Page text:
There are innumerable permutations when it comes to sour beer production. There are breweries that sour the wort, then ferment it with brewers yeast. Others ferment with brewers yeast, then sour it. Some breweries pitch all of the microbes together, while others stagger the various microbes over several months. There are breweries that pitch the same blend of microbes for every sour beer, while at the other extreme wild resident microbes in each barrel do the work. There are few instances where a souring technique is always either right or wrong, these are just variables that need to fit together. While I think Russian River and Cascade each produce some excellent sour beers, you couldn't take Russian River's microbes and Cascades process and produce beers as good as either of them does.
At Modern Times we'll be doing some "quick" sours produces by souring the wort before a brewer's yeast (or 100% Brettanomyces) primary fermentation. The first will likely be Derek's recipe for sour-mashed cherry gose. However, this post is about our more "traditional" barrel-aged sour beers. We're still in the microbe and barrel acquisition phase, but the wheels are turning. Last week I wrote four recipes, making some adjustments on the advice of Matt, Alex, Derek, and Jacob. I'll post more specifics on each as they are brewed.
Rather than simply buy a 30 bbl pitch of a microbe blend from a yeast lab for each batch, I've opted to grow a variety of cultures myself. A week ago I brewed the first 20 gallon microbe-starter batch. For that one I simply took a few old homebrew kits we had lying around the brewery, and added some pale malt to get the gravity up to 1.048. I pitched some American ale yeast to ensure a quick/healthy primary fermentation. The four carboys were dosed with White Labs Brett C, White Labs Belgian Sour Mix 1, BKyeast C1 Brett, and DCYeast DCY03 Brett(?).
Later this week I'm expecting another 20+ cultures (from Saccharolicious, East Coast Yeast, and Nick)... I'll pick up the Wyeast Lambic and Roeselare blends as well. If anyone has other suggestions for microbes, send them my way! Some of those will be grown on wort from Lomaland (our saison) to free up the pilot system for more interesting batches.
We'll also be starting cultures from bottle dregs (both commercial and homebrew). To make this easier, we ordered a pressure canner. This will allow us to always have small quantities of room temperature sterile wort on hand. That way we can grab microbes wherever we are. After the fermentation gets rolling, we'll step them up before pitching into a barrel. I'm specifically looking at American and Belgian beers fermented with cultures not easily available from a yeast lab (Jolly Pumpkin, Logsdon Seizoen Bretta, De Dolle Oerbier Special Reserva, gueuzes etc.).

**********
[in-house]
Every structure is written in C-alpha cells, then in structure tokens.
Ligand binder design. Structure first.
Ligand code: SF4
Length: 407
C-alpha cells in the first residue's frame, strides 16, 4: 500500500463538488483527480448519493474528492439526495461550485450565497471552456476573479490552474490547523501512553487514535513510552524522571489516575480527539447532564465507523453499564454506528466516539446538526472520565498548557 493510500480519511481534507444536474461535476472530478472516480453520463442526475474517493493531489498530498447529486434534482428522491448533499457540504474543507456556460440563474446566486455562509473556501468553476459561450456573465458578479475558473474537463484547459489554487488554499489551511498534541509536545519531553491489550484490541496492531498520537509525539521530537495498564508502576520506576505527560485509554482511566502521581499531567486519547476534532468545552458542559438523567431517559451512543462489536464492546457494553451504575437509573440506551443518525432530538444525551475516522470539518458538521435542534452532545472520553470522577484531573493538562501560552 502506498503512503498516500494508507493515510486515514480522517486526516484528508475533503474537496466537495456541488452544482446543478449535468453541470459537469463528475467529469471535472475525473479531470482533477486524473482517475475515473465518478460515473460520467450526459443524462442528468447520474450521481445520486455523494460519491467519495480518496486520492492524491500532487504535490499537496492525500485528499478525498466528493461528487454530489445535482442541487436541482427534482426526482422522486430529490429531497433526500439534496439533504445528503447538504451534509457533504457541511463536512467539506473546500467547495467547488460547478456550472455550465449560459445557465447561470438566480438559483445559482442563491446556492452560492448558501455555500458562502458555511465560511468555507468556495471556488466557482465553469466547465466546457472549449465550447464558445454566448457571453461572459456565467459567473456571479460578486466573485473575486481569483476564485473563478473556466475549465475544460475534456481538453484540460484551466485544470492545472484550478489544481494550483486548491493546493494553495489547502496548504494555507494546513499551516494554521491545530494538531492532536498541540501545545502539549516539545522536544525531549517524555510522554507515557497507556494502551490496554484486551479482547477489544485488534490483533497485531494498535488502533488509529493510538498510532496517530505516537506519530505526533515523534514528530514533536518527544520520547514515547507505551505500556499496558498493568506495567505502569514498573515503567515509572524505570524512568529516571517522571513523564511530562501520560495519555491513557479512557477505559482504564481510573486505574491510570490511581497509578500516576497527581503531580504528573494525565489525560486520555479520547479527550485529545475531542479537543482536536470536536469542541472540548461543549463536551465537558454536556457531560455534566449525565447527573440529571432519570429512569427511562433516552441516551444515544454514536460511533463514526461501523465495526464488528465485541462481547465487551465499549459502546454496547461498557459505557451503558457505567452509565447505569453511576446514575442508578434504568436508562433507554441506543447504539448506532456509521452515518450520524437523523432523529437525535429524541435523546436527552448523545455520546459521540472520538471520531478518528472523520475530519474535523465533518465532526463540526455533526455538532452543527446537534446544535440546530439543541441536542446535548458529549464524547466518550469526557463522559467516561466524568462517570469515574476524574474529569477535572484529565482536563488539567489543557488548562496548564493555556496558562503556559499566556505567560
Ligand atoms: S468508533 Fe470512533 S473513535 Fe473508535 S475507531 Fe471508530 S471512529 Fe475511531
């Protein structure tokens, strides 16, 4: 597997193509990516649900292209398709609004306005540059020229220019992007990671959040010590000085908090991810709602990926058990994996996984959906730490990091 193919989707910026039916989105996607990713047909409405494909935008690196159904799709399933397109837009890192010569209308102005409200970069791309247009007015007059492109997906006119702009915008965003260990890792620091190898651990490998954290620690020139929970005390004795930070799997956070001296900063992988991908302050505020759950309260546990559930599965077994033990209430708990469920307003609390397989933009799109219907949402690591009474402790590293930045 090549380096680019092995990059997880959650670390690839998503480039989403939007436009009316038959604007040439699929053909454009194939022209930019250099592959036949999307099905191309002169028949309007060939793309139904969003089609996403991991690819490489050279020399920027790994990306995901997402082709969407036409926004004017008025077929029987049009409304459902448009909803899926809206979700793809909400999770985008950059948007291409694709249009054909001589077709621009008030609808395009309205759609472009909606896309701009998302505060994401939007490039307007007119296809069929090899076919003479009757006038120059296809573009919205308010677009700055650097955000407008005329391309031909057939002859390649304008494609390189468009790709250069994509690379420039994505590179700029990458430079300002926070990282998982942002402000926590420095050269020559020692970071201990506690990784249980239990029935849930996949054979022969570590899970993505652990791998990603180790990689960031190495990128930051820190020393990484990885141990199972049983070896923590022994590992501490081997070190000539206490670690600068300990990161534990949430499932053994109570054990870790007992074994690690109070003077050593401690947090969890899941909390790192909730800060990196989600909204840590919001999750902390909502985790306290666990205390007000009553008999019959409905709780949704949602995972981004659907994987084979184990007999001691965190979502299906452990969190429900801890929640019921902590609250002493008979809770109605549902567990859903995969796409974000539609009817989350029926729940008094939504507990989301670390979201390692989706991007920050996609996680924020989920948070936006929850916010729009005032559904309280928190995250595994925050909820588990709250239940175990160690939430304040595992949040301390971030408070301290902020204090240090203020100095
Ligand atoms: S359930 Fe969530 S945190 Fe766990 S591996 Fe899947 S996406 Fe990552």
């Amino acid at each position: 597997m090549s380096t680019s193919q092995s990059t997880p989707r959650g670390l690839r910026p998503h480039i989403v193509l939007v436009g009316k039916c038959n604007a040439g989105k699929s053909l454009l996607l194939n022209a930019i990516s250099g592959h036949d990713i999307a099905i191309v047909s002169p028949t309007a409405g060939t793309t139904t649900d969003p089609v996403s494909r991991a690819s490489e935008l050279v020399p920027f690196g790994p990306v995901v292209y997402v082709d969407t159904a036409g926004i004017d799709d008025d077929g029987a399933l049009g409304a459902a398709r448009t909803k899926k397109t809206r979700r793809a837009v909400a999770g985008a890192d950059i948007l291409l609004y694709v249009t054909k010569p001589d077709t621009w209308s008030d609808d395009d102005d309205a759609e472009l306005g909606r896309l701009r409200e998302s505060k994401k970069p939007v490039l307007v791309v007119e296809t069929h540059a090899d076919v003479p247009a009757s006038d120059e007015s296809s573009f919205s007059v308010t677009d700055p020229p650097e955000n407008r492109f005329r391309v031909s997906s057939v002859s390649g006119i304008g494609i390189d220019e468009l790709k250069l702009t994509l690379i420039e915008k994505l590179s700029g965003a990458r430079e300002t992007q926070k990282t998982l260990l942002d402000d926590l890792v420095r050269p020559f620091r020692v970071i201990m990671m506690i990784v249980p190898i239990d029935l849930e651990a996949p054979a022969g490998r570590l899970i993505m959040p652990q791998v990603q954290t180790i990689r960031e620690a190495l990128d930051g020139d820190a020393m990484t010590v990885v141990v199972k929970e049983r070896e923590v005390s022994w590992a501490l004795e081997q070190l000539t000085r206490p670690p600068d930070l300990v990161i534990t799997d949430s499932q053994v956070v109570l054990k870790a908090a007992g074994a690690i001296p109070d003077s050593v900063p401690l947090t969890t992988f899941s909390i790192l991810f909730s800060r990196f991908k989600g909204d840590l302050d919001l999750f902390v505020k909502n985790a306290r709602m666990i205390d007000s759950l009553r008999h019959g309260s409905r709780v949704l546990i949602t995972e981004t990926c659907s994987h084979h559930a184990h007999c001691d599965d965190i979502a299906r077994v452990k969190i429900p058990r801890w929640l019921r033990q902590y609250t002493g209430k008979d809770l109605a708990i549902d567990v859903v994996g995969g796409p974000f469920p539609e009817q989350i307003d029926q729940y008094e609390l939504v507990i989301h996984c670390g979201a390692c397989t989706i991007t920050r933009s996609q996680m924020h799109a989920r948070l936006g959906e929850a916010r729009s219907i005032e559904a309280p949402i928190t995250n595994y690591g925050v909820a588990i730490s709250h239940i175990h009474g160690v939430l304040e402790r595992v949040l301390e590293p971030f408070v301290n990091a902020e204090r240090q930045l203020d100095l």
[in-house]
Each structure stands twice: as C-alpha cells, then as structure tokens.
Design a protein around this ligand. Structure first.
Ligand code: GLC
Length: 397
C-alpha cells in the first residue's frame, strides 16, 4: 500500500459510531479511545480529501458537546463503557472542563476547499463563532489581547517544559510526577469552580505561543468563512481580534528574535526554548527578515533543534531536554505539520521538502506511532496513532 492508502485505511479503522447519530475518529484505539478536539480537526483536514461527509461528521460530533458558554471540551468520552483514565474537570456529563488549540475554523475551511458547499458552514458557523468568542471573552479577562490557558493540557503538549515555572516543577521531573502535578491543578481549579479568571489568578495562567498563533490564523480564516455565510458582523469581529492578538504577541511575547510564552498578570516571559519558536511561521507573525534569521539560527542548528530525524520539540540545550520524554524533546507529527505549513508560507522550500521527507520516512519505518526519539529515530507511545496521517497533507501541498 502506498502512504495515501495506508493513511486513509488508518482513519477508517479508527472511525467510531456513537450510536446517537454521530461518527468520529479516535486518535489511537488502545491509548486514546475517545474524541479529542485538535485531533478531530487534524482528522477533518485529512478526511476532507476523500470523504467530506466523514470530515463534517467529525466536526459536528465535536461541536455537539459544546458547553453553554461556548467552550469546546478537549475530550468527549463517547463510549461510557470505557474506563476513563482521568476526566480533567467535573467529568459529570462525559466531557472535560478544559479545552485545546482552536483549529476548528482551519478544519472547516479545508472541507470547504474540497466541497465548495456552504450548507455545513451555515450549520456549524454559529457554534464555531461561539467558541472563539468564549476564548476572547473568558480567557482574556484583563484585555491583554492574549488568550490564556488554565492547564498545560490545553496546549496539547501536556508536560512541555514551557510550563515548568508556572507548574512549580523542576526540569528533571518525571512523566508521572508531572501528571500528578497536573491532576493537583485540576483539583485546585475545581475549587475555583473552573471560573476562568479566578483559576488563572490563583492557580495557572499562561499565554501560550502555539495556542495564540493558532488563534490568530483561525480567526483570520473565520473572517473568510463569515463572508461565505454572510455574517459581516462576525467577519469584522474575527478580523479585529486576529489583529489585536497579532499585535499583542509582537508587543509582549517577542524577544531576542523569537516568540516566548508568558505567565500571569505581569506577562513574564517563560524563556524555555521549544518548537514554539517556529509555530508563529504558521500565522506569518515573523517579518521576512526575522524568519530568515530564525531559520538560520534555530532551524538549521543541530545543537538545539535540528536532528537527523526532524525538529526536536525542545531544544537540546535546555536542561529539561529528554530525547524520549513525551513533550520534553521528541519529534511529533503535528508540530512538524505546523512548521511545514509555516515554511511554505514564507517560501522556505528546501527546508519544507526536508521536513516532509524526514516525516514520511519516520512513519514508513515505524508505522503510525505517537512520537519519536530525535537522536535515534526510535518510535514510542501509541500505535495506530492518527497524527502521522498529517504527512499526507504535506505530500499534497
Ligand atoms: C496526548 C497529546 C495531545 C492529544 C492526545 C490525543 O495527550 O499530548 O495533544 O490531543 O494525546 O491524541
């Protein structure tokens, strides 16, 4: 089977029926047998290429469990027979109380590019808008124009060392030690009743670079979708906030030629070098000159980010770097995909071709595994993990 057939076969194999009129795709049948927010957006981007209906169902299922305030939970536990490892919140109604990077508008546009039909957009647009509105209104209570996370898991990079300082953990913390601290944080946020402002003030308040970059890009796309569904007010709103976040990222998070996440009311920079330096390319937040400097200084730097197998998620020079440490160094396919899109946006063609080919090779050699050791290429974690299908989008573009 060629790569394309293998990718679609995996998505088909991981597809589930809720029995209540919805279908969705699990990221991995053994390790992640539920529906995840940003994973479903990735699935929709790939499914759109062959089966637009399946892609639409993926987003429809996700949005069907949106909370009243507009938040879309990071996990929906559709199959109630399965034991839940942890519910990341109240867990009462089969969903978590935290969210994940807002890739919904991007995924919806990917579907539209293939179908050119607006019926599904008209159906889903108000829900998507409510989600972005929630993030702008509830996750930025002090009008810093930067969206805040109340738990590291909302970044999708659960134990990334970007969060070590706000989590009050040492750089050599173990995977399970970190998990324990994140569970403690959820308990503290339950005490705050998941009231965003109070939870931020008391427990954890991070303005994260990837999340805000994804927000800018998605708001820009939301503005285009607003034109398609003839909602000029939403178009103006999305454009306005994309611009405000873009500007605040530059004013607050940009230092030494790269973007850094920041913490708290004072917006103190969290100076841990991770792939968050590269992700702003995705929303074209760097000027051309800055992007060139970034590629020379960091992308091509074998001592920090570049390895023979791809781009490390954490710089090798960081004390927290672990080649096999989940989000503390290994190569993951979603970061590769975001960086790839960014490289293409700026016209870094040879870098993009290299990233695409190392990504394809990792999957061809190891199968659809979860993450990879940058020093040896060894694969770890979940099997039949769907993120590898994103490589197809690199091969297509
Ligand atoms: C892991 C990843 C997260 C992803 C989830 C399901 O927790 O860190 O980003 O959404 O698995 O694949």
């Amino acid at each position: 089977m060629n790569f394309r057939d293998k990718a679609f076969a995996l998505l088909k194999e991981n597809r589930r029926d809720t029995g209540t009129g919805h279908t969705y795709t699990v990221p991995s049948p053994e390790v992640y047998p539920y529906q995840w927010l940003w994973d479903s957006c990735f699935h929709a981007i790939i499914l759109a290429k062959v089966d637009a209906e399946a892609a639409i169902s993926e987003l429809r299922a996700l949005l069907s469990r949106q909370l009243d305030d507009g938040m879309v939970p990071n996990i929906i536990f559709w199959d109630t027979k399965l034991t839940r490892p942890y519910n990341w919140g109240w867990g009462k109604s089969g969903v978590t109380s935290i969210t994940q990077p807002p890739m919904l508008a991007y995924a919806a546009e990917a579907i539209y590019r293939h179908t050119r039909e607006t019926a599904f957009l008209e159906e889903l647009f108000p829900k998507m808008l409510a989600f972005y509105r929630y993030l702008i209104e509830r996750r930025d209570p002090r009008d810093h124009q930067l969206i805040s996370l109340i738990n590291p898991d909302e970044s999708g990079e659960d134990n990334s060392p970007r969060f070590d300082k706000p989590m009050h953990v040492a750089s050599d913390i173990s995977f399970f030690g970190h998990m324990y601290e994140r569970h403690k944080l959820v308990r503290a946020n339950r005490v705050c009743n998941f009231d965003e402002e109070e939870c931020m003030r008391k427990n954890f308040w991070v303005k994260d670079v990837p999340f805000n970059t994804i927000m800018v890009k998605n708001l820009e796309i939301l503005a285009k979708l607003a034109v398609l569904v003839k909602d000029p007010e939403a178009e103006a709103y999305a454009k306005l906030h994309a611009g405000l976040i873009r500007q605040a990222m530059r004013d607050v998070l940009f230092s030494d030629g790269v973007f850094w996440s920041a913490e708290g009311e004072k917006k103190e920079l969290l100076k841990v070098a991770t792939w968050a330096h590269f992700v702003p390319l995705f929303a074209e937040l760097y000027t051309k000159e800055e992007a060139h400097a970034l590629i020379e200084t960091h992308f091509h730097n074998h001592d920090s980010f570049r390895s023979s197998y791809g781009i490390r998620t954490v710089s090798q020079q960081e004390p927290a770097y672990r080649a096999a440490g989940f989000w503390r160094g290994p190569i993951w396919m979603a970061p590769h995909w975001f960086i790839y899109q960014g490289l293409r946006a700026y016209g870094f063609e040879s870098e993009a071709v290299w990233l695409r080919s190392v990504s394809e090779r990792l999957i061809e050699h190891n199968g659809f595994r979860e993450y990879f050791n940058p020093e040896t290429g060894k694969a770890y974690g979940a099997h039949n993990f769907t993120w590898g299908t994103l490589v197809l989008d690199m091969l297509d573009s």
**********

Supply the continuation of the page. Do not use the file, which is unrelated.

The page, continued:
Ideally I'd rather we had six or nine months for all of these cultures to start showing their true characters. That way we'd have a better idea of what we're pitching and which beer it is best suited for. After a month it will be impossible to tell exactly what we've got our hands on. We certainly won't pitch anything that tastes really off (nail polish, vinegar, huge sulfur etc.), but a Brett culture that tastes plasticy after a few weeks could be beautiful in a year. Luckily, using so many cultures we'll have lots of blending options. We'll also be mixing cultures, adding Lactobacillus and Pediococcus at the pure Brett cultures to ensure an adequate amount of acidity.
When we actually brew the beers we'll be completing primary fermentation in oak barrels (as traditional lambic brewers do). Most likely we'll use our house saison blend. I like a brewer's yeast strain that imparts some character on its own, providing esters and phenols for the other microbes to work with. California Ale, would be the only other in-house option. I'm still debating whether to pitch the microbes at the same time as the primary yeast, or use the cultures to top-off the barrels after the initial surge of fermentation is complete. When fermenting in impermeable glass carboys or BetterBottles, I've found a mixed primary fermentation really helps to boost acid production, but in my experience it is less essential in barrels.
Speaking of which, the plan is to use mostly wine barrels, although I wouldn't mind picking up some spirit barrels second hand from other breweries that have already run a clean beer or two through them. As with the microbes, I'd rather we had a wide variety of barrels to add further options for blending.We've talked to a couple barrel brokers, all I ask is that it's close enough that I can give the barrels a once over. Smelling them to knock out any with detectable off aromas.